While we finished setting up, Mma Makhura came to the front of the line holding a freshly painted lavender bell. It rang clear and crisp to announce the beginning of club and the girls filed in one by one to take their seats, showing their invitations to the leaders as they went in. Whispers and curious glances filled the room as the girls beheld their tables laid out cleanly with purple and lavender fleece squares, earring making supplies, club information and a newly baked chocolate cupcake with purple frosting and pink sprinkles for each girl. (You may have guessed that purple/lavender is the official club color).

After a short prayer the leaders introduced themselves and began to explain what Palala North Girls Club is all about. They talked about the lessons that would be taught, the crafts the girls would learn and expectations of the girls in club and also at school. Very unlike some of the classes I had been teaching all day, the girls listened attentively to each word, smiling as Jess spoke in English/Setswana and then nodding in agreement as the leaders emphasized the finer points and added in their parts. To get the girls going they played a game involving chappies (gumballs) and the winner of the game got to take home all the chappies at their table. When the winners realized they would be taking between 25-30 chappies home with them at the end of the game, their eyes grew very wide and we heard whispers of 'nnete?' (seriously?). Yep, seriously girls, they're all yours.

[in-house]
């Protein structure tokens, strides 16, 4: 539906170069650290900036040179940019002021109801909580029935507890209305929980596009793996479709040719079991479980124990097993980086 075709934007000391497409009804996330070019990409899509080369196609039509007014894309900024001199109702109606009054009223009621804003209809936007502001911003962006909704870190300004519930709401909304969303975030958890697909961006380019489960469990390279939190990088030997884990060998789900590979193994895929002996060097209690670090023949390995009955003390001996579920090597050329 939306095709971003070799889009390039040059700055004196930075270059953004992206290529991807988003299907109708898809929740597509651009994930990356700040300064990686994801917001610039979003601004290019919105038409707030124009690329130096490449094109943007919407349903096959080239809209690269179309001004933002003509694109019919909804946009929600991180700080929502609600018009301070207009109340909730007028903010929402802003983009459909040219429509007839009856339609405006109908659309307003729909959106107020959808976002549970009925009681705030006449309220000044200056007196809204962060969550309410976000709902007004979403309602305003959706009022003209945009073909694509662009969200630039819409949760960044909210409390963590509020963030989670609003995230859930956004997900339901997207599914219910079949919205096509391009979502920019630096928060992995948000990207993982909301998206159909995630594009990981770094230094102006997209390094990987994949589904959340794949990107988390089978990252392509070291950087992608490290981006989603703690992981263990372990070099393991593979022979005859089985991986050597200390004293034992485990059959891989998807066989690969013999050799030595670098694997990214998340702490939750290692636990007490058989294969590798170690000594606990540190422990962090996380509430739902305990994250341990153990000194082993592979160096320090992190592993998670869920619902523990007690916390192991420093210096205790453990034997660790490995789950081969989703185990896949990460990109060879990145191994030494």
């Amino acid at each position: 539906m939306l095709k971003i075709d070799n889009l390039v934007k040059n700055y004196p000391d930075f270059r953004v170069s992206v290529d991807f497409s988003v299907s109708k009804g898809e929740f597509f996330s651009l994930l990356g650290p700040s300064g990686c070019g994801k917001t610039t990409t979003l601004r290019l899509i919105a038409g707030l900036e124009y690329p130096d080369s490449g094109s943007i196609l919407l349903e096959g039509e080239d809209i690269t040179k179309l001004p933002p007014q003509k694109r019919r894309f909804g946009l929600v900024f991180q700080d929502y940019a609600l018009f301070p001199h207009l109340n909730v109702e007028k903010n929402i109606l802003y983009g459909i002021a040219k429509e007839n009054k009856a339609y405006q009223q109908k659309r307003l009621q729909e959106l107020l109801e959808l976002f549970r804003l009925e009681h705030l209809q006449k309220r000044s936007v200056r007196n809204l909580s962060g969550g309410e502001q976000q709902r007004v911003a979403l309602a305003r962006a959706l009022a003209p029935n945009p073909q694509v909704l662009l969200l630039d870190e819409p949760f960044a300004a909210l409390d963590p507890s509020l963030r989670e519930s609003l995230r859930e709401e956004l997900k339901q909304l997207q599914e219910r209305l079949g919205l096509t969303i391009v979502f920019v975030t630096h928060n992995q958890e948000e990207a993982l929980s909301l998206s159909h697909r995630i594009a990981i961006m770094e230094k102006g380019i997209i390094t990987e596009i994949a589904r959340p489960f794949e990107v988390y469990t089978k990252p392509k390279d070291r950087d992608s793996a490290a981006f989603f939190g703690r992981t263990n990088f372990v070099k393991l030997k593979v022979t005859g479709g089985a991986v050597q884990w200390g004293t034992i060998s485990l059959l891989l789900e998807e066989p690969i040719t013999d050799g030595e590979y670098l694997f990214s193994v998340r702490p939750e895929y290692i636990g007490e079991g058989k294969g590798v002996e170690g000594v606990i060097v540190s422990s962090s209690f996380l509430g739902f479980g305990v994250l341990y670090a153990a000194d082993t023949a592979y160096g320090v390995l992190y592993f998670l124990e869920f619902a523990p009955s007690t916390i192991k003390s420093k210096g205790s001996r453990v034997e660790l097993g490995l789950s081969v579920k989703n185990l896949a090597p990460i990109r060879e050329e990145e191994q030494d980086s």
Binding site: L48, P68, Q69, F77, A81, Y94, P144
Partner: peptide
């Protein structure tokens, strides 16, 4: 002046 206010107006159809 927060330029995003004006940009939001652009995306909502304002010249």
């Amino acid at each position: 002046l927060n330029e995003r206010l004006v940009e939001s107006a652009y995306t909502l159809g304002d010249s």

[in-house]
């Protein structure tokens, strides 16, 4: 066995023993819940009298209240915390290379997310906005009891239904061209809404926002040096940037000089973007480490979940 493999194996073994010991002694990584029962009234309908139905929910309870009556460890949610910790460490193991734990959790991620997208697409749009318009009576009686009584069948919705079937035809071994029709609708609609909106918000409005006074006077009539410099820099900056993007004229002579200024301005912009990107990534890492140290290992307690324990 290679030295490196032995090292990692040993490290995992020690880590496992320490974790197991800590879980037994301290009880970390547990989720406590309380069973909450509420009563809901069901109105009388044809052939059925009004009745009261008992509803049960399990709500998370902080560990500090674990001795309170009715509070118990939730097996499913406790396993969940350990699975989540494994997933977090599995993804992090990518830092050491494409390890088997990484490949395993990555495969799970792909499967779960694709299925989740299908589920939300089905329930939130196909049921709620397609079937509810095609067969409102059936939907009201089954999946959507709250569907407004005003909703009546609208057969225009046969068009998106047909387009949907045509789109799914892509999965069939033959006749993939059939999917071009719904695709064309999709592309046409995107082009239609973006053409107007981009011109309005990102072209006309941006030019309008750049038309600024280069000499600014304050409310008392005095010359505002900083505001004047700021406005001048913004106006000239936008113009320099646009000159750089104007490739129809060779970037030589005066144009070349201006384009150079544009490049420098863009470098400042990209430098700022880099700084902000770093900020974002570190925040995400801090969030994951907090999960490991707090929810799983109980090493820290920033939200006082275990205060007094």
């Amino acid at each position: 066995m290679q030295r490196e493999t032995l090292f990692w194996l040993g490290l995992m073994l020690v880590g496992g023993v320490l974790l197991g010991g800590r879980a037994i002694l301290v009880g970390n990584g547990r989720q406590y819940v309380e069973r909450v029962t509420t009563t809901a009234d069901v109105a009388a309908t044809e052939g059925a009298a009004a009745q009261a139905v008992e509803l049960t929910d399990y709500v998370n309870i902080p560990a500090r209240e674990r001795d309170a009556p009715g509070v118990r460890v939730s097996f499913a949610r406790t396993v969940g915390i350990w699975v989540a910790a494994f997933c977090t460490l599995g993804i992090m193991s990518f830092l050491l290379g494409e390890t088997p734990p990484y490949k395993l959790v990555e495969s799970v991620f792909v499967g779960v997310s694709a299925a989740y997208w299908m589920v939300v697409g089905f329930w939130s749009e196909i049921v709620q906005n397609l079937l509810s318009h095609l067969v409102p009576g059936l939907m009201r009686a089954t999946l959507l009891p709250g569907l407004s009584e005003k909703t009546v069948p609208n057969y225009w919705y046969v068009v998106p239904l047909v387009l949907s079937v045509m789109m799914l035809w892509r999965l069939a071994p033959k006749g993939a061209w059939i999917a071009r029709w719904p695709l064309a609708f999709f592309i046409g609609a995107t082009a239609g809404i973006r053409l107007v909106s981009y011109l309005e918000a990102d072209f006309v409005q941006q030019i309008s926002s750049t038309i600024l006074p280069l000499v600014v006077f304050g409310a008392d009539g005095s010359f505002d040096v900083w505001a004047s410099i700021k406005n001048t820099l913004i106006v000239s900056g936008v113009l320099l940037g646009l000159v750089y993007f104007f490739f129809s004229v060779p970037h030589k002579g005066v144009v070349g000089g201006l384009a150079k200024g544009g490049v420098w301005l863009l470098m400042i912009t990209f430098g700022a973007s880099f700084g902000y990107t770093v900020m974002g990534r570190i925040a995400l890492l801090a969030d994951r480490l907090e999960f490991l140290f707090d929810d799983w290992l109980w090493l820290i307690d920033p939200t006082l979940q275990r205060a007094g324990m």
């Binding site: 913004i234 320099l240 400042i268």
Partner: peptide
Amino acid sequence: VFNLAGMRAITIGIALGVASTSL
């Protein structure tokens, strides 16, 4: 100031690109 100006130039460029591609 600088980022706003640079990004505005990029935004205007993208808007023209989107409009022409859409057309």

Once all the intros were completed, information distributed, and mouths full of chappies and cupcakes, it was time for earring making. Initially it was to be a short demonstration followed by the girls beginning, but that quickly turned into a sort of learn as you go. The girls were so eager to get started they began to follow the leader's every move with their own supplies that were displayed in front of them at the table. Luckily the other leaders recognized this and began to circulate around the room advising and helping the girls where they needed as the demonstration wrapped up. From there on out it was up to the girls to finish. Many of them caught on right away and finished in a snap. They would then turn to their friend and help her finish her set as well. It was as if all we had to do was put all the pieces together in the same room and everything just started happening.

The preparations that Jessica and Rachel made, along with the two trainings that were held as an orientation for all six women leading the club were clearly a huge reason why the day went so smoothly and was such an amazing afternoon. I strolled through the tables taking pictures and heeding requests for a repeat of a song or two that the girls liked. They posed wearing their earrings and proud smiles.